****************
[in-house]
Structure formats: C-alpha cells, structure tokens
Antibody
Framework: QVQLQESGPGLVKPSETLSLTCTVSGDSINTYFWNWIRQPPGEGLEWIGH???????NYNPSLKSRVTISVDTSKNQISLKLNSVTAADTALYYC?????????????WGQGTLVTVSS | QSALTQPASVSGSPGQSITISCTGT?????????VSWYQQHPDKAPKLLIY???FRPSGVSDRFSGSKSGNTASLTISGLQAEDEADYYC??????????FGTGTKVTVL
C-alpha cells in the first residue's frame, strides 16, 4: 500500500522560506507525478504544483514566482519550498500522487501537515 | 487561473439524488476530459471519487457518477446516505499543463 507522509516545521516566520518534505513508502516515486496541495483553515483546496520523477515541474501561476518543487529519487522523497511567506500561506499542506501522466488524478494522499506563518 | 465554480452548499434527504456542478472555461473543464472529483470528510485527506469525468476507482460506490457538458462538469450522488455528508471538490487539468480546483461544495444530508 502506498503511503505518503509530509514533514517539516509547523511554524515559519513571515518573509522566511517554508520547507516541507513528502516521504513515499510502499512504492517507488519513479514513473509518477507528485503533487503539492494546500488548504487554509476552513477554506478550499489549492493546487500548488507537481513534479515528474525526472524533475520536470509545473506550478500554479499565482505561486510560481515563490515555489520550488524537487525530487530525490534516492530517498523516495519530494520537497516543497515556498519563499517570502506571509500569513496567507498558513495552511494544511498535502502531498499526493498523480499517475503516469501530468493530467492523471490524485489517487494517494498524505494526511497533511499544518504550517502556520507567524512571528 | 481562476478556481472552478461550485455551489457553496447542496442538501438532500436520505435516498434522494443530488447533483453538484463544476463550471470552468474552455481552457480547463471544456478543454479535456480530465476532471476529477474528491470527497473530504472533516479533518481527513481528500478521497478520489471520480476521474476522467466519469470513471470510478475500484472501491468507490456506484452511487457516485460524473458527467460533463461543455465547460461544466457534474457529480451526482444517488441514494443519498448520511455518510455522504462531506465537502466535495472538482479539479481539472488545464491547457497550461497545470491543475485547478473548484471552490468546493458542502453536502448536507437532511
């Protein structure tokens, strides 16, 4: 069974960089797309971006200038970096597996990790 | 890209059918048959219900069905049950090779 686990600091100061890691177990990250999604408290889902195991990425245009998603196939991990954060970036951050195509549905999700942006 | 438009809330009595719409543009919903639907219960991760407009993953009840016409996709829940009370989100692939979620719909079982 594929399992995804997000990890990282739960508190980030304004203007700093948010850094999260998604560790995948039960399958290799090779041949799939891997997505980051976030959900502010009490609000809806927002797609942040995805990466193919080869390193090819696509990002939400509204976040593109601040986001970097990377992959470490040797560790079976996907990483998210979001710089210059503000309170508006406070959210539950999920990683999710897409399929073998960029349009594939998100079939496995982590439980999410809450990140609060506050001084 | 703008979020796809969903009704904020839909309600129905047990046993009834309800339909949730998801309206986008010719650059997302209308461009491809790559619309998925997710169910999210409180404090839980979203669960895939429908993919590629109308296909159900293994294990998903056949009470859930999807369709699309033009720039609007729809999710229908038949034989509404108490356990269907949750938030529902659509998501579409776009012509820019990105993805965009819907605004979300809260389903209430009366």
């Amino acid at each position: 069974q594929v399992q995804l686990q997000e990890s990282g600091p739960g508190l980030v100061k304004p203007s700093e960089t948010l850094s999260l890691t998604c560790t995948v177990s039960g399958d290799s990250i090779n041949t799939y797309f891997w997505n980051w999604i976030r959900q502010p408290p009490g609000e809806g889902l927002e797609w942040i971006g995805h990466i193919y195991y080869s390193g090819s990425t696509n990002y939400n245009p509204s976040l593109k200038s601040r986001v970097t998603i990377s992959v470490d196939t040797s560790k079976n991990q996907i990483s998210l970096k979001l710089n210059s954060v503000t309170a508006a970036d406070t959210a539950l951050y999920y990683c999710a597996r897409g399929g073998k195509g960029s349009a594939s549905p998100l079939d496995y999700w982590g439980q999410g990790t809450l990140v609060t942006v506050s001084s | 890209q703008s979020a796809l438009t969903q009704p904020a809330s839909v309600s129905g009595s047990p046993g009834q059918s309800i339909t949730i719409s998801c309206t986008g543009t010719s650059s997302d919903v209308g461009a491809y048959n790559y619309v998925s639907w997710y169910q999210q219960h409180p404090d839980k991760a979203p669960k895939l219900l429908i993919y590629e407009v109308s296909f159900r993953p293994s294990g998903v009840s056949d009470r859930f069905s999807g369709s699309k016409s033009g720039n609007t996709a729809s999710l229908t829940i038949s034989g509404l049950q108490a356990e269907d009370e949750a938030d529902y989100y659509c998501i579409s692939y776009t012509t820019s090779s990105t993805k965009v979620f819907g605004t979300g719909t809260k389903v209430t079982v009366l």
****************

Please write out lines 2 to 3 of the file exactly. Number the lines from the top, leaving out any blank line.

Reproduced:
Structure formats: C-alpha cells, structure tokens
Antibody